While data science learning and research focus almost-exclusively on the seemingly technical aspects of data science (code, algorithms, data structures, etc.), what remain less-visible are the “human” forms of data science work comprising assumptions, choices, and decisions that data scientists navigate as they move through the messy terrain of data, carving – what in retrospect looks like – a linear narrative of knowledge discovery. I treat the human data science work not separate from the more-visible technical work, but as work that is deeply intertwined with algorithms and technicalities. In my work, I study such forms of human data science work ethnographically in two separate contexts: (a) academic data science (one-year of ethnographic research conducted in graduate-level machine learning and data mining classrooms in a US university), and (b) corporate data science (6-months of ethnographic research conducted at a US tech firm working as a data scientist). For this workshop, I focus on the question of ‘stakes’ in data science. Specifically, I present my findings to showcase how commonly identified sociotechnical ‘stakes’ in data science (e.g., ontology, marginalization, and bias) appear to and get instantiated within everyday data science practices of data processing, modeling, analysis, visualization, and evaluation.
Critical data studies research has made visible the ‘design-use gap’—users (as people most affected by data science systems) often do not have a say in the system’s design. Much discussion thus focuses on the role and place of user participation in data science practices. In this piece, however, I focus on already-existing forms of participatory work in corporate data science practices. Corporate projects are highly participatory in nature (though not in the way we often define and expect participation). These projects necessitate diverse forms of work on the part of multiple personnel such as data scientists, project managers, business analysts, product managers, and business executives. Unpacking the collaborative work in corporate data science projects as forms of participation provides us with a different perspective on the design-use gap, helping us focus on different forms of participation in corporate data science practices.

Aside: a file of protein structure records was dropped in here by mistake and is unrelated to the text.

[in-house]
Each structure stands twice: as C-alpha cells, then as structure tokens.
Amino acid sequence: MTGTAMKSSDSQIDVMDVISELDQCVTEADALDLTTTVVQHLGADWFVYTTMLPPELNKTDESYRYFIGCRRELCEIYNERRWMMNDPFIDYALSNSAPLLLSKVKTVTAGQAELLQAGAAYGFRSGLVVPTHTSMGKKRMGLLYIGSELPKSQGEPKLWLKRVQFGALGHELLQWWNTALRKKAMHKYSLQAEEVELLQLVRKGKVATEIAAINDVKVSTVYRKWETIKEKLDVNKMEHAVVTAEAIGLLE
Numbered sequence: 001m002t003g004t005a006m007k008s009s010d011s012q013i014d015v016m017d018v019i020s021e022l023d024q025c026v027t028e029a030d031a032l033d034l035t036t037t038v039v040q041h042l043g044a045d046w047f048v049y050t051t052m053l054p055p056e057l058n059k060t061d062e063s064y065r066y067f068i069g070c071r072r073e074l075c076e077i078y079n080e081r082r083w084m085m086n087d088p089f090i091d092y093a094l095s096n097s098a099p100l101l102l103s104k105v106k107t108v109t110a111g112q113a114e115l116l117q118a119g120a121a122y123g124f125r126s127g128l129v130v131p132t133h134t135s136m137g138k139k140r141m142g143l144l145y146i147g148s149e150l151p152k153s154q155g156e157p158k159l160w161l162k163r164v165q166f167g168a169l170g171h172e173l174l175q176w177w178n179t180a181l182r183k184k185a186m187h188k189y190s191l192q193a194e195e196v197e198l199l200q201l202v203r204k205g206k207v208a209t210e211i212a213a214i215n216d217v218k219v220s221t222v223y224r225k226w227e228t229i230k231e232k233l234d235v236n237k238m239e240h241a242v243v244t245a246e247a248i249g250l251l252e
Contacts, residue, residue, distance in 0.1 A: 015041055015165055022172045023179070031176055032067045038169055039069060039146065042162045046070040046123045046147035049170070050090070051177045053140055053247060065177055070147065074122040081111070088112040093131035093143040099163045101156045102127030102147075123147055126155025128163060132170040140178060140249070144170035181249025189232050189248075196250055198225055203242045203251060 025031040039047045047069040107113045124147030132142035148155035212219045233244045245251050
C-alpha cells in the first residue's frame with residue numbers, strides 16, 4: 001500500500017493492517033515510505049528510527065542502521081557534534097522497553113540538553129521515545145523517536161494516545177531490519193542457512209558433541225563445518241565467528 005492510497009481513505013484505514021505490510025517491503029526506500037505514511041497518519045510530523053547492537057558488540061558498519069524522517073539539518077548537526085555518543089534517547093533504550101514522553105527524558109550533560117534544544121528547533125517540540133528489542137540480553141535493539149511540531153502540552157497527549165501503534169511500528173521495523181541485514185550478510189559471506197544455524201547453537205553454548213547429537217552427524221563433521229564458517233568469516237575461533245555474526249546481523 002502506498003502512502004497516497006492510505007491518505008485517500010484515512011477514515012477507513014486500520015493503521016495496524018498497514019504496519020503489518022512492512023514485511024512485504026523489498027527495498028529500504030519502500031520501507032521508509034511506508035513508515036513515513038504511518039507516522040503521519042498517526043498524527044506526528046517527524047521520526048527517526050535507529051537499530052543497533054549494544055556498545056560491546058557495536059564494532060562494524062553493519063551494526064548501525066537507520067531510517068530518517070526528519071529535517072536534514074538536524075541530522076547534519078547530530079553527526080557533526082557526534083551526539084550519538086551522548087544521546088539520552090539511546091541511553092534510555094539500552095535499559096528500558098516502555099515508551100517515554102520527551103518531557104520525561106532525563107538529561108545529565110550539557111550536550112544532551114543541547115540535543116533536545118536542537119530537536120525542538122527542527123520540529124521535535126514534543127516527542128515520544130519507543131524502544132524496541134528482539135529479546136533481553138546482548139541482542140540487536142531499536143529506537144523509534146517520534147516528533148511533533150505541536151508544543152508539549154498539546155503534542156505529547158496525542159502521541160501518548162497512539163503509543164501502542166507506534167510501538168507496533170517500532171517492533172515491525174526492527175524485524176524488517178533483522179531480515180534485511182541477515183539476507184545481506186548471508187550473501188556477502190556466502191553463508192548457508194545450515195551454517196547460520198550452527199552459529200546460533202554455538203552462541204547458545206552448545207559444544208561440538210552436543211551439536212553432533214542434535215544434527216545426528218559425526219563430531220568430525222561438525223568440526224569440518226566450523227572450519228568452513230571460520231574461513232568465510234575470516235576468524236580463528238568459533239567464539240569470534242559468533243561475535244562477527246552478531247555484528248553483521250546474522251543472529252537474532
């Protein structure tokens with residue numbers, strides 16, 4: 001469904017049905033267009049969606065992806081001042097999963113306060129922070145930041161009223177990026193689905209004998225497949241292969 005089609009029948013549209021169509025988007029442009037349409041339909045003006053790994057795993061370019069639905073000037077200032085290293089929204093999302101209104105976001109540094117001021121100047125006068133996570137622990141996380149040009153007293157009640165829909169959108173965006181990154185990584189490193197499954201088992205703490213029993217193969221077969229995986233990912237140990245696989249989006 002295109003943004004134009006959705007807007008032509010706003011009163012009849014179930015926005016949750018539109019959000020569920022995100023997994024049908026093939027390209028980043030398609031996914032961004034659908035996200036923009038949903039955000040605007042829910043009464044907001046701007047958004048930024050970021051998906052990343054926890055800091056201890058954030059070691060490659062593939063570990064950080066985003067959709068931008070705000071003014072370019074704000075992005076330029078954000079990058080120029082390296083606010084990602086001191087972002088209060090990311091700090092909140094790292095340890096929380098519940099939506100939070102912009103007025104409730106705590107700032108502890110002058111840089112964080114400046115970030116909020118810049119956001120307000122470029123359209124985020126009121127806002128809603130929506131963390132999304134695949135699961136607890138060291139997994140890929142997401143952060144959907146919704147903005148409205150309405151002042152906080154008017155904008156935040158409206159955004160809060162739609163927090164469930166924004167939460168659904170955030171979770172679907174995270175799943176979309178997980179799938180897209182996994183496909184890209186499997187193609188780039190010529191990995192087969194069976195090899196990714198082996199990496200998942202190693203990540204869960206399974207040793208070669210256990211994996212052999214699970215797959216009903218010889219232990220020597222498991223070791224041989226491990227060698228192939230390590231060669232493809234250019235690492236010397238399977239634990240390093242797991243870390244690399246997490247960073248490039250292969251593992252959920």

In this workshop paper, we use an empirical example from our ongoing fieldwork, to showcase the complexity and situatedness of the process of making sense of algorithmic results; i.e. how to evaluate, validate, and contextualize algorithmic outputs. So far, in our research work, we have focused on such sense-making processes in data analytic learning environments such as classrooms and training workshops. Multiple moments in our fieldwork suggest that meaning, in data analytics, is constructed through an iterative and reflexive dialogue between data, code, assumptions, prior knowledge, and algorithmic results. A data analytic result is nothing short of a sociotechnical accomplishment – one in which it is extremely difficult, if not at times impossible, to clearly distinguish between ‘human’ and ‘technical’ forms of data analytic work. We conclude this paper with a set of questions that we would like to explore further in this workshop.
When discussing the difficulties faced by interdisciplinary researchers, we often talk about issues of methodology (how to study what you want to study), of scope (how to limit the mess in our research), of access (how to interpret the work done in different disciplines), of audience (who do we want to talk to), and of profession (what kind of job can we get or should aim for). All of these are important issues. However, I argue that there exists another set of pertinent, often overlooked, challenges faced by interdisciplinary researchers. These challenges are, in my opinion, especially – but not exclusively – salient for junior interdisciplinary researchers who constantly straddle between two or more disciplines. These arise within everyday interpretations of the professional identity of these researchers. That is: not only the ways in which my colleagues interpret what I do, how I do it, and why I do it, but also what my colleagues expect of me and my work when they hear that I am from x or y department or that I am doing a PhD in x or y field. In this paper, I talk about how I have experienced this specific challenge in my own lived experiences of being an “Information Science PhD student.” In particular, I will describe this challenge within the explicit context of my own movement from the field of Science & Technology Studies (STS) to the field of Information Science (IS).